The EU stand contradicts that of the G77 and China, a major group of developing countries, that have demanded that the global climate deal impose deeper emission cuts on the developed world. "We are asking the EU to reduce its emissions domestically by 40 per cent by 2020 with no space for offsetting. Developing countries should also curb their emissions without restricting their right to development but we do not think that developing countries should have binding emission targets as long as Annex I countries do not reduce their emissions first. They should put adequate finances on the table to support developing countries to mitigate and adapt to climate change," said Esther Bollendorff, climate campaigner for Friends of the Earth, Europe. "Europe continues to fail to live up to its historical obligations for causing climate change and jeopardizes chances of a satisfactory solution to the climate crisis," Bollendorff added. Most nations within the EU have failed to meet their individual Kyoto reduction targets.
The proposal calls for all actions taken by the developing countries to be "entered into an international registry". "The UN climate change conference will review the resulting mitigation efforts of the group of developing countries as a whole and may decide to request developing countries to strengthen their mitigation efforts..." reads the proposal. It calls for mid-term review in 2016 and if mitigation efforts are found to be insufficient "the UN climate change conference should set national ambition levels to be pursued through national strategies". India has reacted strongly to this.
"By 2016, our 'national' strategies will no longer be nationally formulated...the developed countries will have a major say in our developmental planning. The next step will be taken in 2016, after which we will have to negotiate in the UN climate change forum how we allocate our domestic resources between our national development priorities and global climate change concerns...Our National Action Plan, reflecting basic features of our development plans, would be subject to an intrusive review..." India said in its response (see box). And this when India has one of the lowest per capita emissions and no historical responsibility. The proposals have also asked for curtailment of kinds of projects that can come up under the clean development mechanism (cdm), a carbon trading system, in major developing countries.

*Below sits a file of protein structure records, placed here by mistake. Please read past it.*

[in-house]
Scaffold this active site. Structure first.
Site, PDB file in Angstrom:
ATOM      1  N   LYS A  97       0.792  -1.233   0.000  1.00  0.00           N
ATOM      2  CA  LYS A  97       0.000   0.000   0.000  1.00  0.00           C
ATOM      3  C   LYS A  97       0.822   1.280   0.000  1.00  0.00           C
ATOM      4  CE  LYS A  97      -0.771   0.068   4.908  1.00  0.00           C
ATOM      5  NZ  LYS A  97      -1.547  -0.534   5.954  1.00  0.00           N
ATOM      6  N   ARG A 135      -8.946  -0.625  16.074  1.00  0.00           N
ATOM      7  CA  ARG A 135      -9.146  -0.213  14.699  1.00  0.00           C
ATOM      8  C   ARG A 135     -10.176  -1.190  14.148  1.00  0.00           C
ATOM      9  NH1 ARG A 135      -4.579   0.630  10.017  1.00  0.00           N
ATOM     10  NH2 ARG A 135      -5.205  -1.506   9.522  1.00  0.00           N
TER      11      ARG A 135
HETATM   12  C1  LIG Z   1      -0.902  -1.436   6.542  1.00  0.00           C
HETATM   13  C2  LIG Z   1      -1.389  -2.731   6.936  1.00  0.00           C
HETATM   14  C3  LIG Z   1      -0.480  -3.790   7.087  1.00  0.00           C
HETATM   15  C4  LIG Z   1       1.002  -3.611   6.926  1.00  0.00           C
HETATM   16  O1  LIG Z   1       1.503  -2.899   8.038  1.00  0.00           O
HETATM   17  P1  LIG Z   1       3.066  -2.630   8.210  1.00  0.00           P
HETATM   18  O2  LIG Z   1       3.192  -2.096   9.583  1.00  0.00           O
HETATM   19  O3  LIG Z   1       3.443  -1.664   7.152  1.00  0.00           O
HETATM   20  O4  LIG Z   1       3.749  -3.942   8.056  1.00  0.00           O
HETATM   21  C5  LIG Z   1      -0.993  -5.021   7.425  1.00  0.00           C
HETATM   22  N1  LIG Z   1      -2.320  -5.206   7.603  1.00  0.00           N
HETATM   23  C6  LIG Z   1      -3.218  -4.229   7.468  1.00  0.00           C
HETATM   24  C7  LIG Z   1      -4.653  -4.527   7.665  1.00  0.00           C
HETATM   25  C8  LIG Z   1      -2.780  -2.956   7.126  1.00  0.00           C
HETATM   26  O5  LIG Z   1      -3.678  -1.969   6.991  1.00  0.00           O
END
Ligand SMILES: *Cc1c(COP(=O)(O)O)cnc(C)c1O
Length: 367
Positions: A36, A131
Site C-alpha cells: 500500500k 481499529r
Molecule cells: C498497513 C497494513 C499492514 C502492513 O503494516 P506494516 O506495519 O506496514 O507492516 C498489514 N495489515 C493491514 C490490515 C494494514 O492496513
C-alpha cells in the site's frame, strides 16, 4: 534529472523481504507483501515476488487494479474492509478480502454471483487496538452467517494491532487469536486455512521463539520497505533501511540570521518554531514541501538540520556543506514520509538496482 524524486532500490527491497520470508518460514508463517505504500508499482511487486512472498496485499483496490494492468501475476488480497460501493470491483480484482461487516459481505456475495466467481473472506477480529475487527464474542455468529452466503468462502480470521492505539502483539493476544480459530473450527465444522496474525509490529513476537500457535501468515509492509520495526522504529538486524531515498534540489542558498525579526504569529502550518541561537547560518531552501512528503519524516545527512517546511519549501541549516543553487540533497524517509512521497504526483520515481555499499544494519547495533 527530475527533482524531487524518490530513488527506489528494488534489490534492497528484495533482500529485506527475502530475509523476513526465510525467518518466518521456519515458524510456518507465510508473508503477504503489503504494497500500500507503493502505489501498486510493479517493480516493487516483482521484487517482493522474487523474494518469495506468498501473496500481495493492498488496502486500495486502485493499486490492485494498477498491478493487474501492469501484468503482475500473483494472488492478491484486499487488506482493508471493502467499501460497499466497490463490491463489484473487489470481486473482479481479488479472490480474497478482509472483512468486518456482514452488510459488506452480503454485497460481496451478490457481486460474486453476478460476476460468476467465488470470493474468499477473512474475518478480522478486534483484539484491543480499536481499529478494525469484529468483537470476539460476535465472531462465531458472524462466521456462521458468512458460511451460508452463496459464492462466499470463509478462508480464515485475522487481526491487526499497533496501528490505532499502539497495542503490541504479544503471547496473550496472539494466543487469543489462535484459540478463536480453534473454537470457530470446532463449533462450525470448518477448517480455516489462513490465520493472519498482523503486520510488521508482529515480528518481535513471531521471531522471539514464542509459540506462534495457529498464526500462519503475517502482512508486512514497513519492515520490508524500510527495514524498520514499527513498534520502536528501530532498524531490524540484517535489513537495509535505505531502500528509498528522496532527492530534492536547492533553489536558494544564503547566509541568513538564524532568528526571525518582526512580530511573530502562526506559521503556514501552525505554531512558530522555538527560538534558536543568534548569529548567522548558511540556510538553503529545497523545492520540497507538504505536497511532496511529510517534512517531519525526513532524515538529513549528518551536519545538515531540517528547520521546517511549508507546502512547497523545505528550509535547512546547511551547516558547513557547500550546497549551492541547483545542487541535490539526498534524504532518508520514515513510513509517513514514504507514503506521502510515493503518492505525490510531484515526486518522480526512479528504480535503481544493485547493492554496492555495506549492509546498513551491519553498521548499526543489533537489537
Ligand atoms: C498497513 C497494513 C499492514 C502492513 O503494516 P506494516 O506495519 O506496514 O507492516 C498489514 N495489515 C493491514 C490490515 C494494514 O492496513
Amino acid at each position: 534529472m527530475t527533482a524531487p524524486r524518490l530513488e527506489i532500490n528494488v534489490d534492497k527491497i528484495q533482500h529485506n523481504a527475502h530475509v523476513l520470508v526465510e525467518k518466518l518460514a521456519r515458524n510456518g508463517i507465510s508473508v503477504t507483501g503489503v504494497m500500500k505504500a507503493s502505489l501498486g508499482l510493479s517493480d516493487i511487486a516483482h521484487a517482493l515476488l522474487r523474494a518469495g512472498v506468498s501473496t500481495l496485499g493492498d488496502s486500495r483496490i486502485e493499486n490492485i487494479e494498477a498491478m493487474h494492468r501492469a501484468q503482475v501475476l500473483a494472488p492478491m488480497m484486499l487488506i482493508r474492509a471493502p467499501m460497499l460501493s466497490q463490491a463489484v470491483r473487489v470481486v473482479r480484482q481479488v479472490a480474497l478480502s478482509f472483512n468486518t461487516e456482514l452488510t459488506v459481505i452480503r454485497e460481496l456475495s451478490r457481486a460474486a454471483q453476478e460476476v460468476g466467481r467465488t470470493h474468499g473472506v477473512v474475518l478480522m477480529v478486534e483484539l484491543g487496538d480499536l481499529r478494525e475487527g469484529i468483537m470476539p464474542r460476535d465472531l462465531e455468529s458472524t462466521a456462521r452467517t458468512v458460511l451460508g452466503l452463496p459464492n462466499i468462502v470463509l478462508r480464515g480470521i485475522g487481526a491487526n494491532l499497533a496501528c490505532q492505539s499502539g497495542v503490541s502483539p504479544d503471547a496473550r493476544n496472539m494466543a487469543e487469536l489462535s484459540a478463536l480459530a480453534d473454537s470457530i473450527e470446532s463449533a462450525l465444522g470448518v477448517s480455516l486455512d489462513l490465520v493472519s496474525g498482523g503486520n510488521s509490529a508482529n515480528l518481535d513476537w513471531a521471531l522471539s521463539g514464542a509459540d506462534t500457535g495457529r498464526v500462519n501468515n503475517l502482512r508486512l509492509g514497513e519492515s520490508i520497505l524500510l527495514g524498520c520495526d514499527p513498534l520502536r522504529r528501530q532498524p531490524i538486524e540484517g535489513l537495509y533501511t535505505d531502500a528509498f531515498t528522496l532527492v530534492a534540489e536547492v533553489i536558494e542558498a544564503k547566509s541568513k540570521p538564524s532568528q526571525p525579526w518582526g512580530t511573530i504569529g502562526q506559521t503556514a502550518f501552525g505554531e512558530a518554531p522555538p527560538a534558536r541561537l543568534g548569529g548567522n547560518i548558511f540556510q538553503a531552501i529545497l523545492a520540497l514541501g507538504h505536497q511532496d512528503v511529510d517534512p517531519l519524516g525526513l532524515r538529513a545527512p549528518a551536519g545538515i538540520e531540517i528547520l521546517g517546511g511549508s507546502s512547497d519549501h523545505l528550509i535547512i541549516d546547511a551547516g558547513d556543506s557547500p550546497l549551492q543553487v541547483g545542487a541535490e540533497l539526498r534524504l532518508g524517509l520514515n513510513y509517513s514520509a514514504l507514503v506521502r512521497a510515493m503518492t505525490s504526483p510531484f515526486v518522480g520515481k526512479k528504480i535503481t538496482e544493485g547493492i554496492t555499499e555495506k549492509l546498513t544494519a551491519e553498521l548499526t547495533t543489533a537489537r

According to the EC, project-based cdm should be phased out. In its place, the EC suggests a move to sectoral carbon market mechanism. Under this, emissions from major emitting sectors such as power and steel would be assigned quotas on how much they can emit. Such mechanism often involves change in technology in that particular sector. Newer and efficient technologies are held under intellectual property rights by companies in industrialized nations. India has, in the past, said it was inappropriate to prescribe technologies as it could lead to the formation of cartels and stifling innovation.
The proposal further adds that the sectoral carbon market mechanism would lead to deployment of low-carbon technologies and the development of cap and trade systems in the major developing countries. In other words making them take obligatory cuts in their emissions.
To reduce global emissions additional finances of more than US$ 200 billion would be required to be invested worldwide. Oxfam, a non-profit, said the EU plan failed to specify how much money the EU and other rich countries would make available. "Unless developing countries see hard cash on the table, there is a danger they will walk away. It seems the EC is pandering to member states' expected opposition to put money on the table, fuelled by their worries about the impact of the recession," said Elise Ford, head of Oxfam International's EU office. "Earlier versions of the EU proposal contained suggestions to spend US$ 38 billion a year in developing countries by 2020 but this was taken out," said Tom Sharman, head of climate change at ActionAid.
With inputs from Mario D'Souza